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James Craig, Perry Johnson sue to make Michigan ballot amid forgery scandal

James Craig, left, and Perry Johnson, right, have filed separate suits in their bids to make the Republican gubernatorial primary ballot in August. (Courtesy photos)

June 2: James Craig loses ballot access suit; Johnson appeals to Michigan Supreme Court
June 1: Perry Johnson loses appeal in fight to make Michigan’s GOP ballot

LANSING — Two Republican front-runners for governor — metro Detroit businessman Perry Johnson and former Detroit Police Chief James Craig  — have filed separate suits against the Board of State Canvassers in last-minute attempts to force their way onto the ballot.

The emergency appeals follow a Thursday deadlock by the board, which kept Johnson, Craig and three GOP candidates for governor off the August ballot because of findings that paid circulators forged signatures on their nominating petitions.


Grand Haven financial adviser Michael Markey also promised a lawsuit in a bid to make the ballot. Byron Center businesswoman Donna Brandenburg has called the dispute a “goat rodeo,” Michigan State Police Capt. Michael Brown withdrew from the race after his petitions were challenged.


The Friday suit from Johnson, a millionaire from Bloomfield Hills, asks the Michigan Court of Appeals to order canvassers to certify his petitions by Wednesday, which would allow the state to finalize its candidate list by June 3, as planned, and mail absentee ballots to military voters by June 18, as required.

Attorneys for Johnson contend the Michigan Bureau of Elections should have double-checked the validity of every allegedly forged signature by comparing each against versions stored in a database known as the Qualified Voter File. 

The state "failed to provide specific evidence that less than 15,000 of the signatures on Mr. Johnson's petition were valid and genuine," attorneys Jonathan Koch and Jason Torchinsky wrote in the Friday complaint.

Craig’s attorneys made similar arguments in a lawsuit filed with the Michigan Court of Claims on Saturday, accusing the state of "illegal sampling" for striking signatures without reviewing them individually.

The Michigan Bureau of Elections, in a Monday staff report, said 36 fraudulent circulators forged an estimated 68,000 signatures on nominating petitions for ten different candidates, including the five GOP governor hopefuls. 

It’s the “largest petition signature forgery scandal” in state history, according to attorney Mark Brewer, who challenged Craig’s petition signatures on behalf of the Michigan Democratic Party.

The Michigan Bureau of Elections referred its findings this week to Attorney General Dana Nessel for a criminal investigation. 

During a review of nominating petitions, state staffers visually inspected signatures on every sheet submitted by every candidate, Elections Director Jonathan Brater told canvassers on Thursday.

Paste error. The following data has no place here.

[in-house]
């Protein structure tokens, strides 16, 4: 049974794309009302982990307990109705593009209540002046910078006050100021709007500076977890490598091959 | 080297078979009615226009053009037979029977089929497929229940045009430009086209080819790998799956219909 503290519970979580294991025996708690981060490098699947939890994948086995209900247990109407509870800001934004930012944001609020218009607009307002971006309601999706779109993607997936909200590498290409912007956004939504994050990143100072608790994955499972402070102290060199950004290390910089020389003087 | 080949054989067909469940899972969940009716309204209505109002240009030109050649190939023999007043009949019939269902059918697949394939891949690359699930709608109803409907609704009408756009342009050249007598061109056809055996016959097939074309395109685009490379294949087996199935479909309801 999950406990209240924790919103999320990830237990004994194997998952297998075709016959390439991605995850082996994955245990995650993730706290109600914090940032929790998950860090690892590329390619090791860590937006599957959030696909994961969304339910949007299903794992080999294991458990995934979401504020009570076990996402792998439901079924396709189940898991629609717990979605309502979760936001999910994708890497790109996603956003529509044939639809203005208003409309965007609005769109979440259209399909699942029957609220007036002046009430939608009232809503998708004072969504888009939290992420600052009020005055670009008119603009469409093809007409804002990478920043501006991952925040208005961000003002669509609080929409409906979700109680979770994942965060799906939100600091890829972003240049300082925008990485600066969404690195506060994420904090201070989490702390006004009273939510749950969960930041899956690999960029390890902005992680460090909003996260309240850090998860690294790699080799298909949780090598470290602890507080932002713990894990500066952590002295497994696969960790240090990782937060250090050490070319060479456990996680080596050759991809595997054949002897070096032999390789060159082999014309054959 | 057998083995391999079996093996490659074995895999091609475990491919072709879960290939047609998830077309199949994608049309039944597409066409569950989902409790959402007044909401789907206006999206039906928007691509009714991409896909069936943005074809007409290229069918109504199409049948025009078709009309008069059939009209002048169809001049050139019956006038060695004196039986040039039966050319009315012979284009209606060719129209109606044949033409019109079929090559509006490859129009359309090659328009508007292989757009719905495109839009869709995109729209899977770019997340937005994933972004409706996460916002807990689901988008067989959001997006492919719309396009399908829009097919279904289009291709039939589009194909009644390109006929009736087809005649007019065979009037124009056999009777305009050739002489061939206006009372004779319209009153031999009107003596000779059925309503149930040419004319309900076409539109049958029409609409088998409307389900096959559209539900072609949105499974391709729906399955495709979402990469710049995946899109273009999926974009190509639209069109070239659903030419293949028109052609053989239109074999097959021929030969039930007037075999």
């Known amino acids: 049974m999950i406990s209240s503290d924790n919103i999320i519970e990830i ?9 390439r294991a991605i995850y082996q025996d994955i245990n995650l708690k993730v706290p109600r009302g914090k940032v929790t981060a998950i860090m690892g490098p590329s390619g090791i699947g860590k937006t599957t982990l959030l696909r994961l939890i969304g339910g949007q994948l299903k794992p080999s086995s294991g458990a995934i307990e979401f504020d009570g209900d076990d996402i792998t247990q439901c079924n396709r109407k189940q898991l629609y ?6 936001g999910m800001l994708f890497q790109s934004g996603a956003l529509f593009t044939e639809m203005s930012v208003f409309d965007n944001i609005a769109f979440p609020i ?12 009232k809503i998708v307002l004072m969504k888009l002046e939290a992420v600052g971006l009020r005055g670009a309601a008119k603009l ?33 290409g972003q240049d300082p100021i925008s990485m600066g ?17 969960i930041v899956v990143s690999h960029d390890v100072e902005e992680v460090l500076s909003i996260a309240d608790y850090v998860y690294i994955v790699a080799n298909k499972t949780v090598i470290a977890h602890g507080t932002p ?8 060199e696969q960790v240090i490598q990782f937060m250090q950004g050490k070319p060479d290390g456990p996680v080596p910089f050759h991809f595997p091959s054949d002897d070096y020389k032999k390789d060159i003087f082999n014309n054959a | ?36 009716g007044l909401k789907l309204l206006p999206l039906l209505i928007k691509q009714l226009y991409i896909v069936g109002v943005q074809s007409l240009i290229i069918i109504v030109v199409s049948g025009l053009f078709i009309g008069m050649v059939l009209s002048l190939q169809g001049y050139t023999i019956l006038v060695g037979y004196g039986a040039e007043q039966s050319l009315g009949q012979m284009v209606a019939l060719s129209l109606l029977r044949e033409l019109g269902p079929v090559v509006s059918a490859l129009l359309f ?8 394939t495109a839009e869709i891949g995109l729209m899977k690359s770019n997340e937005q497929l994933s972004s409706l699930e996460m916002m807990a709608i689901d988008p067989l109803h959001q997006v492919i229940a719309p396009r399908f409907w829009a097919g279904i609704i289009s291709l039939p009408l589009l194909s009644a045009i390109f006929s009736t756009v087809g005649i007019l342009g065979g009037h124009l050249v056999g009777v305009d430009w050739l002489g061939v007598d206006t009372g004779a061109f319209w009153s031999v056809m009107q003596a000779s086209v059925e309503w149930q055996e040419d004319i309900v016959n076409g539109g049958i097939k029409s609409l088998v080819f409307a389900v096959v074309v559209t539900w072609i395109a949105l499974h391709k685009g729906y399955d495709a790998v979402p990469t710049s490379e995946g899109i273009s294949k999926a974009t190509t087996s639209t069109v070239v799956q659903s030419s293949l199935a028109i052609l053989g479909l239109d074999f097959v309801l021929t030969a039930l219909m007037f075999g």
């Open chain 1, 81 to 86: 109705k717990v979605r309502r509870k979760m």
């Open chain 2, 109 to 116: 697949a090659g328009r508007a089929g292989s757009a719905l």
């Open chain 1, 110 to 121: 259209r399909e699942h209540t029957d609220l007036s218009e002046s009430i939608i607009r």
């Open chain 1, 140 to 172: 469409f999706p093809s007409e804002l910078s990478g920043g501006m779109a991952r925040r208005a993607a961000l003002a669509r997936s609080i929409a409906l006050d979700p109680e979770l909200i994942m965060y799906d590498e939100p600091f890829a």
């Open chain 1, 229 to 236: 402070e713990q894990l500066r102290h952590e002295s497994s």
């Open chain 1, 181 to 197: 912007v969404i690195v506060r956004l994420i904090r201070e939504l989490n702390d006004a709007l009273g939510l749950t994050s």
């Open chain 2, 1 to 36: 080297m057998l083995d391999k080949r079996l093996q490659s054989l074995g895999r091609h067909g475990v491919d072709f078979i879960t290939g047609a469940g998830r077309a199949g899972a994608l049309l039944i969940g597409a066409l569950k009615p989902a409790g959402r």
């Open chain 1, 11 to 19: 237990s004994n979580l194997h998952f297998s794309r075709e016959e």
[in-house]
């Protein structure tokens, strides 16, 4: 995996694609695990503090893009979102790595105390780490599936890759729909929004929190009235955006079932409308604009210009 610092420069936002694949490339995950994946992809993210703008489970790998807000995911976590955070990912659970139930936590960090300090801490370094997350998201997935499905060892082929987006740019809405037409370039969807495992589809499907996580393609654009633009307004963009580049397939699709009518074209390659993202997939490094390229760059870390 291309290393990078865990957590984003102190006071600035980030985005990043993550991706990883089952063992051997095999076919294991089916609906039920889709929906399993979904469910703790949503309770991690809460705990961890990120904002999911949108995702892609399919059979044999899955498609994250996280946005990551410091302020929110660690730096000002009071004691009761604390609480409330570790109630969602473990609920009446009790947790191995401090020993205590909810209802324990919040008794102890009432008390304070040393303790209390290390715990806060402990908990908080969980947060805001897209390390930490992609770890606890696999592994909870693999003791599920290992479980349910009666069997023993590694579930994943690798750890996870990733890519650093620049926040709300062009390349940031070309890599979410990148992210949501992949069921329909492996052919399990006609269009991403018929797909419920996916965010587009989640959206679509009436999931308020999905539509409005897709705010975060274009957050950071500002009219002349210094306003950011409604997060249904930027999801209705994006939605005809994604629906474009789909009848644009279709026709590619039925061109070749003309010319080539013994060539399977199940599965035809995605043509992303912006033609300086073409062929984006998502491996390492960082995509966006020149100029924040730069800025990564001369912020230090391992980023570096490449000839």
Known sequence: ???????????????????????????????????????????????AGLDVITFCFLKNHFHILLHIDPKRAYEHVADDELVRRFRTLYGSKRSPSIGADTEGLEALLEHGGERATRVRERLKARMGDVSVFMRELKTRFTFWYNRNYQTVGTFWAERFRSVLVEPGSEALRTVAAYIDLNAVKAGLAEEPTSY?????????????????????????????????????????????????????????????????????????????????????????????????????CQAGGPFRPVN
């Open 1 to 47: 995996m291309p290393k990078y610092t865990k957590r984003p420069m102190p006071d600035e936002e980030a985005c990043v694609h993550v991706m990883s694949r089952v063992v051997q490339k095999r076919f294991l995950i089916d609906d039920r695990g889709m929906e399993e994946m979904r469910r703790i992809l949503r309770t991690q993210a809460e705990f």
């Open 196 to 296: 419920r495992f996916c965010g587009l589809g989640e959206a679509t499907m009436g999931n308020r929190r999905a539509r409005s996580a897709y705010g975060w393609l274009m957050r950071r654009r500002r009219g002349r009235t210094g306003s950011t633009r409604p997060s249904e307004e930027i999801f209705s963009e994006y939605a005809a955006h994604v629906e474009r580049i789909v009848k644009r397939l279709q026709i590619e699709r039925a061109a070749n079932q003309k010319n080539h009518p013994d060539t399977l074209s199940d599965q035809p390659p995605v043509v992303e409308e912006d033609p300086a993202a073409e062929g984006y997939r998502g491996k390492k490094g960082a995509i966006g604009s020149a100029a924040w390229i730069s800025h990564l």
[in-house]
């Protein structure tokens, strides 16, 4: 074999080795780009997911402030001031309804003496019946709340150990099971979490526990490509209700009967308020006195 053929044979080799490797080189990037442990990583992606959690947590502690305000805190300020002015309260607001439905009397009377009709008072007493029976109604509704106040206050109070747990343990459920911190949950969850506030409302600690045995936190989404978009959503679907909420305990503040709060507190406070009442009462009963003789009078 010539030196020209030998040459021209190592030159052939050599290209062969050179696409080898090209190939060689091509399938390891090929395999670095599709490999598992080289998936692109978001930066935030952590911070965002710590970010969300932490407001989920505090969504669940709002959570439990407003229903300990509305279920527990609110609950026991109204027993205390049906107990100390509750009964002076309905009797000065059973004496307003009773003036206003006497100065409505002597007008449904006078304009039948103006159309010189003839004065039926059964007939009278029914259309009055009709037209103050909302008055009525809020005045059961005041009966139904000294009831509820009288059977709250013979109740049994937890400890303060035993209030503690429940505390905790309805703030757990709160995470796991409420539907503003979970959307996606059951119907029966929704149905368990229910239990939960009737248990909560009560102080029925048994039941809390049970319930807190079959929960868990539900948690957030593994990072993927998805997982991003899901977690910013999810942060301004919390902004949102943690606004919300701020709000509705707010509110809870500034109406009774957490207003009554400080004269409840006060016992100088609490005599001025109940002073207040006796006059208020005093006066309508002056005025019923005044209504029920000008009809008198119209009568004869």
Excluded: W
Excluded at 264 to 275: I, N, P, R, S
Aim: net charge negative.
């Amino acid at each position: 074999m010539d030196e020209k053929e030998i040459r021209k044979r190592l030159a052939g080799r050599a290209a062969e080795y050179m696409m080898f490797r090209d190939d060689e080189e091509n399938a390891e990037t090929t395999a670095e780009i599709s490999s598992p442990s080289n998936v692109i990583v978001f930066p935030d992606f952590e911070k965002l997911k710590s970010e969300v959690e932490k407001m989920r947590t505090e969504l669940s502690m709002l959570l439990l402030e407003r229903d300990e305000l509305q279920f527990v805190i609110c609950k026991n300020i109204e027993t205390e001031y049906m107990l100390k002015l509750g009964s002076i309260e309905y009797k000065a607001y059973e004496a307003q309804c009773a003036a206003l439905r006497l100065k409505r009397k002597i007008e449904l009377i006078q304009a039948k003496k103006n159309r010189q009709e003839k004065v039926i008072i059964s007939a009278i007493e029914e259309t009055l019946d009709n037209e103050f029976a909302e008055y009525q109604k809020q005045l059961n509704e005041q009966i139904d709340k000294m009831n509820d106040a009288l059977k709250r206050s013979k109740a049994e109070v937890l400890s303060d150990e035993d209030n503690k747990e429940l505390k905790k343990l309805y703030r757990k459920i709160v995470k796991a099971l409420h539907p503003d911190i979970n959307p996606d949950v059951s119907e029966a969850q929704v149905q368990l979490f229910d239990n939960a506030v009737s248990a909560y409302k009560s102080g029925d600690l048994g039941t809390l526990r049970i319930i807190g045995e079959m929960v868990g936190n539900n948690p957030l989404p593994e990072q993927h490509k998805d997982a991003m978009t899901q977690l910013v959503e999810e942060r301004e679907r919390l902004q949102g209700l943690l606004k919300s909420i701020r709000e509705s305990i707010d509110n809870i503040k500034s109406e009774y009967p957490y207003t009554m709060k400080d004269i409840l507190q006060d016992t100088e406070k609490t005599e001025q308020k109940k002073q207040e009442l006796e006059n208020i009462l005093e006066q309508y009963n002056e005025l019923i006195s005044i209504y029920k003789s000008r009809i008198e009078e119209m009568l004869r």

Then, on sheets that appeared to be wholly fraudulent, staff double checked 7,000 suspected forgeries against real voter signatures stored in the Qualified Voter File, Brater said. 

He told canvassers that double-checking all 68,000 signatures in that fashion would not be "practical" given limited staff and time constraints.

But attorneys for Republican candidates kept off the ballot argue that the petition sheets tossed by the state may have contained some valid signatures. 

"Although it claims that 9,393 signatures on his petitions are invalid, the Bureau has never given Mr. Johnson an itemized list of each of those signatures," Koch and Torchinsky wrote in the Friday lawsuit

"Nor has the Bureau given him any explanation for its invalidation other than a general disqualification of each signatures gathered by 18 circulators for various and sundry ‘indicators’" of fraud."

The Board of State Canvassers heard similar arguments Thursday and deadlocked over whether to certify the candidates. Two Republicans canvassers voted to put all five GOP gubernatorial hopefuls on the ballot, while the two Democrats canvassers voted to keep them off.


Markey said he intends to file a lawsuit Tuesday, just one day before a statutory June 3 deadline for canvassers to certify candidates for the ballot. 

Michigan law requires election clerks to mail absentee ballots to overseas and military voters by June 18. The Michigan Constitution requires clerks make absentee ballots available to all voters by June 23. 

The Court of Appeals indicated it will make a decision quickly, and asked both sides to submit arguments and briefs on Tuesday.

Craig’s attorneys also urged immediate consideration by the Court of Claims because of “short deadlines and likelihood of irreparable harm and disenfranchisement of voters.”

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